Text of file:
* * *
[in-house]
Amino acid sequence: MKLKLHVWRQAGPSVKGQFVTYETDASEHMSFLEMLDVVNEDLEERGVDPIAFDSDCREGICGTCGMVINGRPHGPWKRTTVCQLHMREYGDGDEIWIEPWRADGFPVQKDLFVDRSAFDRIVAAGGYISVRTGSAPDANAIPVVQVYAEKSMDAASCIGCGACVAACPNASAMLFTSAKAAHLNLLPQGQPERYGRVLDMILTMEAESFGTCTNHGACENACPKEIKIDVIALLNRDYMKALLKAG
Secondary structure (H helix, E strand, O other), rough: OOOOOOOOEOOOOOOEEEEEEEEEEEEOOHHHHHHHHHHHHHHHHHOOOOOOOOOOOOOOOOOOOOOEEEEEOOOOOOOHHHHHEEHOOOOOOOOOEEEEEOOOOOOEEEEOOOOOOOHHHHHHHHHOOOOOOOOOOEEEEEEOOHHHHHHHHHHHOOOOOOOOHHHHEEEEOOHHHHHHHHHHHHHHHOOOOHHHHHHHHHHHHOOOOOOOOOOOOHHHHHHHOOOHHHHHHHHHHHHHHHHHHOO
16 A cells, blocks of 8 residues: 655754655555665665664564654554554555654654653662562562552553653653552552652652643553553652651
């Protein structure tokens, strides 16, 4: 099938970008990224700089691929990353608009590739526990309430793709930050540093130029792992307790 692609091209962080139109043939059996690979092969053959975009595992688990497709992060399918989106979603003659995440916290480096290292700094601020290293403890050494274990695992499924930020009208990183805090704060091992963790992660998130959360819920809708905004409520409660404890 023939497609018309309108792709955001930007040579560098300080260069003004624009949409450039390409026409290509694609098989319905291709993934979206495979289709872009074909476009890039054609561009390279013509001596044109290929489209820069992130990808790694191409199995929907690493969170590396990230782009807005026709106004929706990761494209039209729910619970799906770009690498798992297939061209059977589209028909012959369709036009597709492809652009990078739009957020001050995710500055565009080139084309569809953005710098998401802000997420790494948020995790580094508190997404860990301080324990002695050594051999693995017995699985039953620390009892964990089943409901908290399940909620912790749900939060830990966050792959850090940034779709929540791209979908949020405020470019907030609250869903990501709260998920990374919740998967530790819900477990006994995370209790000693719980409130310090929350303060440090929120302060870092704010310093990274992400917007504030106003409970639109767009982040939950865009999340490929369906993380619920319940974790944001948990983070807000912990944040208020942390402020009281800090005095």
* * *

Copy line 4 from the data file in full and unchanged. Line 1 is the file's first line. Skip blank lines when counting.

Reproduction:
16 A cells, blocks of 8 residues: 655754655555665665664564654554554555654654653662562562552553653653552552652652643553553652651